Operational Falcon 1 launches, including TacSat 1A, were postponed several years due to three consecutive failures in the booster's first three flights. The small rocket finally reached orbit on a demo mission in September.

The next launch on the Falcon 1 manifest is scheduled for this spring with a Malaysian payload. TacSat 1A is not listed on the online manifest of SpaceX, the builder of Falcon 1 rockets, and company officials would not comment on the flight.

One victim of a Falcon 1 failure was the Jumpstart mission, an ORS project designed to demonstrate launch responsiveness.

Military leaders chose three finalist payloads for Jumpstart a few months before launch. Engineers spent the time integrating the satellites and completing pre-launch environmental testing.

Officials selected the Trailblazer spacecraft for the Jumpstart mission less than a month before the scheduled launch, giving the military an opportunity to gauge the flexibility of both the rocket and satellite teams.

Pruneski said he was pleased with the performance of both teams during the final steps of processing, but the Falcon 1 was brought down by a collision between the first and second stages moments after stage separation.

"We went from having a payload in the clean room on a Sunday, to having it integrated on the rocket six days later and launched unsuccessfully. But that processing part was extremely responsive," Pruneski said.

The streamlined processing timeline showed launch teams could meet requirements defined in Tier 2 of the ORS architecture.

A second Jumpstart mission is currently being studied, but the military has not signed a contract for the flight.

Falcon and Minotaur rockets have been tapped to launch ORS missions. The Falcon 1's low cost and the Minotaur's reliance on heritage off-the-shelf hardware were attractive to officials seeking inexpensive and quick-response launch options, Pruneski said.

"We have some pretty responsive launch capabilities today," Pruneski said. "Probably not with the Falcon 1 (yet), but hopefully in the near future."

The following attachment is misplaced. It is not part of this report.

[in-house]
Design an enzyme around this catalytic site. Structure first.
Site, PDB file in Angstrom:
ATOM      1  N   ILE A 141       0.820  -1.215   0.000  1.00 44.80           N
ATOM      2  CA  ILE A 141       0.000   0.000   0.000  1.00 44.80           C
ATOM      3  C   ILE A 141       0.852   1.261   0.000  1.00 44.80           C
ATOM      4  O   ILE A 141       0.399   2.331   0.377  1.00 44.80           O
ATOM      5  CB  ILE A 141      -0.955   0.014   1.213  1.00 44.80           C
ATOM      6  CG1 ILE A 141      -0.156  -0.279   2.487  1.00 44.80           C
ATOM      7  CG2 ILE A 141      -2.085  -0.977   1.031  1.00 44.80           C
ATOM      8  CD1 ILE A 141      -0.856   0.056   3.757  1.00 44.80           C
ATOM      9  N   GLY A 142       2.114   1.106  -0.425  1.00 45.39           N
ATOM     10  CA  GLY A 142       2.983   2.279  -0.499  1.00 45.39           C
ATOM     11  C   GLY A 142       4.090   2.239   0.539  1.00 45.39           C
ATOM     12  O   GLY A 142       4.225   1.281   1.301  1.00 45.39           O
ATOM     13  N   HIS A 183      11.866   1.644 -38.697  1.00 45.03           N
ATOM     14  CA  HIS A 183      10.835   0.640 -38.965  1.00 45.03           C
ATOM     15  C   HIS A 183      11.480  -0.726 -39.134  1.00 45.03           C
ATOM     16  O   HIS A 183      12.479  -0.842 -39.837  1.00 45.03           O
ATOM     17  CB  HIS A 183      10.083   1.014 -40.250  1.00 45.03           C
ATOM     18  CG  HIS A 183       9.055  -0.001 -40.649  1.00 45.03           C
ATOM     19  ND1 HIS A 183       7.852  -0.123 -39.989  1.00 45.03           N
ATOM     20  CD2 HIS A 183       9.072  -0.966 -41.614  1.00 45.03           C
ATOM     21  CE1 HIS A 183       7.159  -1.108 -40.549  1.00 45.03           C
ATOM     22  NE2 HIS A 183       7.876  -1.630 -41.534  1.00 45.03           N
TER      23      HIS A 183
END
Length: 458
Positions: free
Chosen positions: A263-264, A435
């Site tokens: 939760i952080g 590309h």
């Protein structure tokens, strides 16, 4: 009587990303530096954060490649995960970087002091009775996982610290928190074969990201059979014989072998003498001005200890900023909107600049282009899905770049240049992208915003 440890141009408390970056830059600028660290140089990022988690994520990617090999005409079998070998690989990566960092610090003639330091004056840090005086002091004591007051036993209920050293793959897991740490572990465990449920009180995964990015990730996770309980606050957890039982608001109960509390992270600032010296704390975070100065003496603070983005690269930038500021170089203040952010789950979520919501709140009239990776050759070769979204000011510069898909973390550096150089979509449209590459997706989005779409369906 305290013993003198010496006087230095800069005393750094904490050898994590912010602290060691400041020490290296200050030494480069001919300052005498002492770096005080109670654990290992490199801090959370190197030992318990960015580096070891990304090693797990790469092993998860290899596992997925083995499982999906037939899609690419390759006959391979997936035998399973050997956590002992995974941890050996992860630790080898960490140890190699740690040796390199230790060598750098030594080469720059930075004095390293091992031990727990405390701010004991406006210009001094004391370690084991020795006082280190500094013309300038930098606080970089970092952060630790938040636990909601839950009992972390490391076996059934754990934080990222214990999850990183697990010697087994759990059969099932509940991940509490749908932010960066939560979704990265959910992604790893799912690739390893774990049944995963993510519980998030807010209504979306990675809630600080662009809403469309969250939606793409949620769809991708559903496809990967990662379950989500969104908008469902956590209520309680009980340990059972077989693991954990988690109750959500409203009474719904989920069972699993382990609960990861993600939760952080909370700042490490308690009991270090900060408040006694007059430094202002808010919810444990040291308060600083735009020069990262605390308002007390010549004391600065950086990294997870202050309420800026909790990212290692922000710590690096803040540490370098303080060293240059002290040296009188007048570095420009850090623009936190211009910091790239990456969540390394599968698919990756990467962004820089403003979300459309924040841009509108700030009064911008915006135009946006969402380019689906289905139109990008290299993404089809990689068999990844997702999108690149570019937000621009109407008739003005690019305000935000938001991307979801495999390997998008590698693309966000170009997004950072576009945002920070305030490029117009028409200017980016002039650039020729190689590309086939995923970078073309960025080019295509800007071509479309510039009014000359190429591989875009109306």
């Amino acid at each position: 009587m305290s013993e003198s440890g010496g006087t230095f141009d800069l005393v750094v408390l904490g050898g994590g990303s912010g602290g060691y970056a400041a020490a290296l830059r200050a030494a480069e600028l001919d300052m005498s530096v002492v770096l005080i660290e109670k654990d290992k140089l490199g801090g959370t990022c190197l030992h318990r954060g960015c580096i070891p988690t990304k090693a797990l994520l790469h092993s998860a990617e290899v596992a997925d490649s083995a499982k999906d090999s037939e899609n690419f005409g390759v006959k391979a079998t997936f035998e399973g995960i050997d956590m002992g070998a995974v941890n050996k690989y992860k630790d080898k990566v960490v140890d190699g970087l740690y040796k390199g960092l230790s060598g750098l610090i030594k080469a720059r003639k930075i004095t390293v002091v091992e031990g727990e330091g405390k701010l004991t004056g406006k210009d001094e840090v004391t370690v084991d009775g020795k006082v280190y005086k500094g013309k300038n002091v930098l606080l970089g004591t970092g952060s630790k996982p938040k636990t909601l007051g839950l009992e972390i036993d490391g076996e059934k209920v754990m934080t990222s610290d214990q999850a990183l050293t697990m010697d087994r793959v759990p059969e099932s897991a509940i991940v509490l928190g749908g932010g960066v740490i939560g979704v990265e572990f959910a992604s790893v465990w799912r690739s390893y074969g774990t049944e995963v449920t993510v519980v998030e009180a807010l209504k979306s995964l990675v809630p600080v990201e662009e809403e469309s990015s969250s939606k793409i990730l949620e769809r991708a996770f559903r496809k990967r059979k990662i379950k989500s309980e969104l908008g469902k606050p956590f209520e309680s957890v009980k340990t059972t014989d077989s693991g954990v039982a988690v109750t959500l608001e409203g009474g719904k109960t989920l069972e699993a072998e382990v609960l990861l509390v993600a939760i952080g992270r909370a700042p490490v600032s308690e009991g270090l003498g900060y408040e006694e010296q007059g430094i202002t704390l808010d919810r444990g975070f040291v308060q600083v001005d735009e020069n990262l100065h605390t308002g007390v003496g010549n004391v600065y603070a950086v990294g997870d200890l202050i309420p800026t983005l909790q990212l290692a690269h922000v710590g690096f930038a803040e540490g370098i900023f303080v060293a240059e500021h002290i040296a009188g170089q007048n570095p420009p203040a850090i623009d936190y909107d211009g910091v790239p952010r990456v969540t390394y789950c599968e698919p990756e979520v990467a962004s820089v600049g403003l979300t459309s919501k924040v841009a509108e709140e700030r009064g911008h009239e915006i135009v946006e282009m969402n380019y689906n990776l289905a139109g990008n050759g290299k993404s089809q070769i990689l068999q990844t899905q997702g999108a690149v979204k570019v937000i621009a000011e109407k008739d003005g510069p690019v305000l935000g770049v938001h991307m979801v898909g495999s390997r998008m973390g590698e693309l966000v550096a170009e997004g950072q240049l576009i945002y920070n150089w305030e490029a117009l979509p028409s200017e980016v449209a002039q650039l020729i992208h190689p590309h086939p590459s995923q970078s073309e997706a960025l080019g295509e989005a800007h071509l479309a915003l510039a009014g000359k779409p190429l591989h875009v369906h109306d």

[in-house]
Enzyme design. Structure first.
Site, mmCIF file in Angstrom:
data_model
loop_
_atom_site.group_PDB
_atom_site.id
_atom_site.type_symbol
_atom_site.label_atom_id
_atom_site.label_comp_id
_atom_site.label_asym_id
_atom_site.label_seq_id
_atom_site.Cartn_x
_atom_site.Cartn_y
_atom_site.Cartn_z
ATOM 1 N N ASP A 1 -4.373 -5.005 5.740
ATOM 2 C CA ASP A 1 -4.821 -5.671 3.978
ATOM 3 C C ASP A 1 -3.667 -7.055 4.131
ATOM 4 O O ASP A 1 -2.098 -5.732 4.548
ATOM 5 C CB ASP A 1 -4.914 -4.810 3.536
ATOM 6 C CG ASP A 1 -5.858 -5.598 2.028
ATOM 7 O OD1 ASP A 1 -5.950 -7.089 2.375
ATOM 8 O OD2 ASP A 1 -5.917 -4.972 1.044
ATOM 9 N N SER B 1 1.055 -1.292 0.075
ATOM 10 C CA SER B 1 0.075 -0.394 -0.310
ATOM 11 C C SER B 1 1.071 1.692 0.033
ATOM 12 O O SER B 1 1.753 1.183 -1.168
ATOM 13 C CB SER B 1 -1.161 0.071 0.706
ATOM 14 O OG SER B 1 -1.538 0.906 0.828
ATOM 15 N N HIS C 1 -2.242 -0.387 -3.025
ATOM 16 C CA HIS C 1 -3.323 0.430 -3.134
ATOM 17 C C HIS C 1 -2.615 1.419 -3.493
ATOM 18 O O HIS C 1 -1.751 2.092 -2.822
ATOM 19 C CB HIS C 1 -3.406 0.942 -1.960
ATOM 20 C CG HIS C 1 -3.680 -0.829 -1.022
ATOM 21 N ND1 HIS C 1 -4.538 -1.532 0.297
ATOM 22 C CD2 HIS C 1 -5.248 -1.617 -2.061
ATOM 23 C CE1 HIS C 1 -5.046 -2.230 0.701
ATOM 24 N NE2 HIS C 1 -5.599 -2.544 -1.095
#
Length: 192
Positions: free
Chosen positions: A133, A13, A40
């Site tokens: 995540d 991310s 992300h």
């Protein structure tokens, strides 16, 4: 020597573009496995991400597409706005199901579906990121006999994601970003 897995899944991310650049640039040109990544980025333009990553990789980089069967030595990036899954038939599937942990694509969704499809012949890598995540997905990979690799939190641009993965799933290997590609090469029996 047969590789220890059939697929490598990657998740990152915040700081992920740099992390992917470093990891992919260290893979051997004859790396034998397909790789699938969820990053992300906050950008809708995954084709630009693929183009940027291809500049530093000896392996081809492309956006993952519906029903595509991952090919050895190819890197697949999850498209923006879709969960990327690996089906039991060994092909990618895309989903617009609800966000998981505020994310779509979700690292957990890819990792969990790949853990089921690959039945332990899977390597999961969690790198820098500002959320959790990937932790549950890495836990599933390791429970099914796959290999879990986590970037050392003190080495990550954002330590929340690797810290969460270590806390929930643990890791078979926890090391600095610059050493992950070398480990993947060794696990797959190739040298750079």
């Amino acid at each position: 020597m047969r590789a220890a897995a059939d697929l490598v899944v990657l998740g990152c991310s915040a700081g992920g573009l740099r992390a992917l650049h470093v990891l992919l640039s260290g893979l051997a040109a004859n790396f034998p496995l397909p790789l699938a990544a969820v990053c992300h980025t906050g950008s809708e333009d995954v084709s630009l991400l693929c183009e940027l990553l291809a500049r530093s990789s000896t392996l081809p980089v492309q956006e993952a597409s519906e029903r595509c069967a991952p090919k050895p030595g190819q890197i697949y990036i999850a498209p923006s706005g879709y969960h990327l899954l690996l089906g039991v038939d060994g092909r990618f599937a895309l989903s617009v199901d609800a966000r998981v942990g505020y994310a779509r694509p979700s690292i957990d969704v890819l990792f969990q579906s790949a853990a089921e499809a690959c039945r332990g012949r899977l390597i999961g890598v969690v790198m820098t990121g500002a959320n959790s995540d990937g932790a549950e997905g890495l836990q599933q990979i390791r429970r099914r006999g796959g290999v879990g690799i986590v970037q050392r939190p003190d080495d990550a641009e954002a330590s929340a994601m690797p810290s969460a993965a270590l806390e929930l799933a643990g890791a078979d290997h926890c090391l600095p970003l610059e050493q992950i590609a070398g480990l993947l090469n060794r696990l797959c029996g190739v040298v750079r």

SpaceX designed the Falcon 1 with rapid call-up in mind, but military officials would like to see repeated successes before committing to purchasing multiple Falcon launches.

ORS commanders are pleased with the Falcon 1's simplified processing regime, and officials will likely turn to the launcher more often after it racks up a streak of successes.

SpaceX highlights the rocket's streamlined processing in previous flights, including the Jumpstart mission.

"Stages were integrated, rolled out and launched in less than seven days," the company said in a written statement.

The Falcon 1's fourth flight, which successfully reached orbit in September, was an even more critical test. SpaceX completed transportation, processing and licensing in less than two months.

"These accomplishments, coupled with our current goal of being able to go from hangar to liftoff in under 60 minutes, have positioned SpaceX as an ideal supplier for all customers with on-demand payloads," the company's statement read.

The ORS office's goal to rapidly call up on-demand missions will heavily rely on the availability of launch vehicles and launch sites.

"If we work on spacecraft buses and payloads such that we can get them integrated, tested and ready to launch a satellite in six days, but we don't have a responsive launch and range infrastructure, then we've kind of wasted our time," Pruneski said.

Officials believe current vehicles can do the job, but it will require some changes from business-as-usual, particularly in mission planning and launch ranges.

"I've been told by our experts that the technology exists," Pruneski said. "It's more of getting people comfortable with changing how they're used to doing business for 40-plus years on ranges."

ORS project managers have analyzed the traditional integration and test timeline for a Minotaur mission, which usually lasts 18 months. Officials identified areas for improvement that could decrease that time to six months to meet ORS Tier 2 requirements.

"We didn't necessarily decrease the amount of time for our missions, but we've identified where the impediments are. So when we go and launch future (missions), we should be able to shorten that process," said Thom Davis, TacSat 3 program manager.

Examples include reducing the number of custom parts and relying more on generic hardware and shorter processes. Bulk buying of launch vehicles could also allow launch providers to stockpile rockets that are ready to fly, Davis said.